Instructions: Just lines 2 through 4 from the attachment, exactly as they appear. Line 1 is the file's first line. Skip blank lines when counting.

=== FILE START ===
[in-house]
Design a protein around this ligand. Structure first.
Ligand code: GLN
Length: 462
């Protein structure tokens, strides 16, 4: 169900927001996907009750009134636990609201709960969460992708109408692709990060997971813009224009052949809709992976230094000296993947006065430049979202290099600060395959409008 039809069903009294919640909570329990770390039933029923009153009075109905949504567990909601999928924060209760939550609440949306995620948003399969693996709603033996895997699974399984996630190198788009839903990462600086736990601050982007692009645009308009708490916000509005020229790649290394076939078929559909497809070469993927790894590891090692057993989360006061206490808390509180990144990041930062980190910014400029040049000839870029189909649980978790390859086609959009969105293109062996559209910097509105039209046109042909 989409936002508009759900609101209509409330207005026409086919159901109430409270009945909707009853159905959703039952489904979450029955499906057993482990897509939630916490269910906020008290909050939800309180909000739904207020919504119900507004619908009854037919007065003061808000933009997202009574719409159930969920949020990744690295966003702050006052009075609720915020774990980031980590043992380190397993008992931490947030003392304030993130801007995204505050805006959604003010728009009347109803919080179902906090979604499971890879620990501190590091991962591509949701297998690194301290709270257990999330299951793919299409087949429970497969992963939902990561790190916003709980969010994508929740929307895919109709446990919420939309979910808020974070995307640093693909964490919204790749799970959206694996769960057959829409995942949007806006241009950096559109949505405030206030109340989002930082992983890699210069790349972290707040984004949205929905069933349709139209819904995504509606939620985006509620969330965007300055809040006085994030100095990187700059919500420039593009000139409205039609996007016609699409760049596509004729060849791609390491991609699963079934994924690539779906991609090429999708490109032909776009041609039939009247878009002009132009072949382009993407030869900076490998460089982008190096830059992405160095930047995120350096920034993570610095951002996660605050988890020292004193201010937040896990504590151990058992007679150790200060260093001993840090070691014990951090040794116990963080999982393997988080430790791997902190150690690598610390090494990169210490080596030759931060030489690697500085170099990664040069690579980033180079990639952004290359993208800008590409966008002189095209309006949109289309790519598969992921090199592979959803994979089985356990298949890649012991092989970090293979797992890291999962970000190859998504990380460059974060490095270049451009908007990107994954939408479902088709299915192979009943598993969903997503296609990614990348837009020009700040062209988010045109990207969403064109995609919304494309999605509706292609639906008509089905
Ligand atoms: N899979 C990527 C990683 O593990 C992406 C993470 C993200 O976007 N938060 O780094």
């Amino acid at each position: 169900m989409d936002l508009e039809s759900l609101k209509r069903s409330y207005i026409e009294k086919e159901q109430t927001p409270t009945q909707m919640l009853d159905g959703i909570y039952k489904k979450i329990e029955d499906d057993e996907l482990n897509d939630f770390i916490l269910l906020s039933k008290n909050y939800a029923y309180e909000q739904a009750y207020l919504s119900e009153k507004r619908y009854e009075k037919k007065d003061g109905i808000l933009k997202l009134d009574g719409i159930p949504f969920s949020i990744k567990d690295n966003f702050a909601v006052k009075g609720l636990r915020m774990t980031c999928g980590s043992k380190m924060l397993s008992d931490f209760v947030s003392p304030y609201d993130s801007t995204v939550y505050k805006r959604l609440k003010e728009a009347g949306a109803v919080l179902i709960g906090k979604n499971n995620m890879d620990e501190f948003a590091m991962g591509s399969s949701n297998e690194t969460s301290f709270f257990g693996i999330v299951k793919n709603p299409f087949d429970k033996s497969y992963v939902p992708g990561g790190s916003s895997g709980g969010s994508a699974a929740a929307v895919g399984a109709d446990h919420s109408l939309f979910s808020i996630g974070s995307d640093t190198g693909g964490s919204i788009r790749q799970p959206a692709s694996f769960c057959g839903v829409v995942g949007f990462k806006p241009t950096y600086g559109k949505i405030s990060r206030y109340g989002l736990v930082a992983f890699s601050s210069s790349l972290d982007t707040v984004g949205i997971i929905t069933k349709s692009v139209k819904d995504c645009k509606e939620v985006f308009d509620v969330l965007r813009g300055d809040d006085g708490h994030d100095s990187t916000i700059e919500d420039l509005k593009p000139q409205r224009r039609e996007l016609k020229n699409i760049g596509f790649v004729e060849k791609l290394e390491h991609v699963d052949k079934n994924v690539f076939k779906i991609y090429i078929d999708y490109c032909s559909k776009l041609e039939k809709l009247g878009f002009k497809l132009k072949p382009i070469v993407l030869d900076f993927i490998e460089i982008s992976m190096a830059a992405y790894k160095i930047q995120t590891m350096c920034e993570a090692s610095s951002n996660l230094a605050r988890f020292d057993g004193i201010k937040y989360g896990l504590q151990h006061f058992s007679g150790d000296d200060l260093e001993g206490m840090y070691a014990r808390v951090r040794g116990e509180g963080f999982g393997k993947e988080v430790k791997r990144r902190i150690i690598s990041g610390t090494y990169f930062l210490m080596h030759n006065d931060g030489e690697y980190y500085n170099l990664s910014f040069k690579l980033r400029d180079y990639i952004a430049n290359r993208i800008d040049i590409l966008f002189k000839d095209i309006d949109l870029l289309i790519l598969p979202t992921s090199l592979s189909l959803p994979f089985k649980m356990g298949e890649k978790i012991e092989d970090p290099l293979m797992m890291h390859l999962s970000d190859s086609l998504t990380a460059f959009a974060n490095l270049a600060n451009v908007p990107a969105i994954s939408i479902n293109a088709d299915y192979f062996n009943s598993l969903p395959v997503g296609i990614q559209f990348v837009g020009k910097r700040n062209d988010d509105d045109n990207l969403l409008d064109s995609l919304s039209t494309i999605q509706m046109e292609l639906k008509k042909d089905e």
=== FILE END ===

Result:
Design a protein around this ligand. Structure first.
Ligand code: GLN
Length: 462